I went to school with Kathleen Folbigg. Well, she was Kathy Marlborough back then. We weren’t close, but we moved in the same circles. She’s probably the most famous person to attend my high school. Well, she’s definitely the most infamous. That’s because she’s serving 30 years behind bars for murdering her four children. Her first baby, Caleb, lived 19 days. Her second baby, Patrick, lived eight months. Her third baby, Sarah, lived 10 months. Her fourth baby, Laura, lived 19 months. The first three deaths were initially attributed to cot death. When Laura died, the police opened a murder investigation. Kathy’s trial had shades of Lindy Chamberlain to it. She was accused of being cold, not showing enough emotion. Like Lindy Chamberlain, people decided she was guilty before the trial even started. Unlike Lindy Chamberlain, most people still hold that opinion. Last year, Kathy sent me a book called Murder, Medicine & Motherhood. It was written by a Canadian legal academic, Emma Cunliffe. Cunliffe spent six years researching Kathy’s case and concluded she shouldn’t have been found guilty based on the evidence presented in court. I read Cunliffe’s book and it made a very compelling argument. The only thing that still unsettled me was Kathy’s diary. Some of those diary entries were pretty chilling. Kathy explained them to the police, but the tapes cut out at the crucial moment. Kathy chose not to take the stand during her trial. I’ve never discussed the diary with her. Whenever I visit her in prison, we’re surrounded by prison guards, inmates and their families. Letters don’t feel safe either. People have betrayed Kathy before. When she wrote to her step-sister to say the diaries were “not literal”, the letter appeared in a newspaper. Last time we met, I told Kathy she must explain the diary if she gets a retrial. But her chances of a retrial are so slim they’re close to non-existent. Cunliffe has written to the attorney general requesting one, but her pleas have fallen on deaf ears. Why would the attorney general make such a monumental decision without intense public pressure? Certainly not when the majority of New South Welshmen seem so keen to keep Kathy behind bars. I visit Kathy once, twice, maybe three times a year. (I wrote about a typical visit in a previous blog, called Jail Break.) I go because I feel terribly sorry for her. I should visit more often, but life seems to get in the way. Jail is a depressing place, which makes it easy to avoid. When I do visit, I spend a few hours talking to a woman who becomes more institutionalised with each passing year. I have no idea how she’ll cope in the outside world when she’s finally released. But I’m constantly amazed by how positive and upbeat she remains despite her situation. If I was locked up, I’d be a cot-case. I’d be sobbing like Kelli Lane – the one who permanently misplaced her baby, Tegan – does every time I’m there (and probably the other 22 hours of every single day too). Kathy stays strong. Kathy believes in her innocence. Kathy has bunkered down to serve her time with as little drama as possible. When I leave, I shudder and think: “Imagine losing four kids to cot death, being found guilty of their murder and going to prison.” It’s the stuff of nightmares. People are wrongly convicted all the time. Last year, Michael Morton was released after 25 years in prison, when new DNA evidence showed he hadn’t killed his wife. Boxer Rubin “Hurricane” Carter was wrongly jailed for triple homicide and served 18 years behind bars. Donald Marshall was jailed at age 17 for a crime he didn’t commit and spent 11 years incarcerated. And Lindy Chamberlain spent four years in jail, giving birth as a prisoner. Even if you believe Kathy is guilty, does she really belong in jail? No sane mother would do the things she’s supposed to have done. No insane mother ever gets the psychiatrict help they so desperately need behind bars. But I’m convinced there’s reasonable doubt in Kathy’s case. You don’t throw away the key when there’s reasonable doubt. She should get that retrial. God knows how though.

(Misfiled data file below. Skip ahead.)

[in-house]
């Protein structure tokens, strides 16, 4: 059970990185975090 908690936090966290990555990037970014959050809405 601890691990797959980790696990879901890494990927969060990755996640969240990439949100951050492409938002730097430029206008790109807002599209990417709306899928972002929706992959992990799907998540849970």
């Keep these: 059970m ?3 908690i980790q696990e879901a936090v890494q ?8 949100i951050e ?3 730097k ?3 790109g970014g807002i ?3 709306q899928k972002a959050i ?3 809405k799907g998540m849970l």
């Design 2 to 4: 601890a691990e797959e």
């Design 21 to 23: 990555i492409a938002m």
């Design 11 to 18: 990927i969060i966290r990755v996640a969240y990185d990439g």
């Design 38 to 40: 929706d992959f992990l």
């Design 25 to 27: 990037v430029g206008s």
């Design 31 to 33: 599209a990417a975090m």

Murder, medicine and motherhood
January 6, 2012
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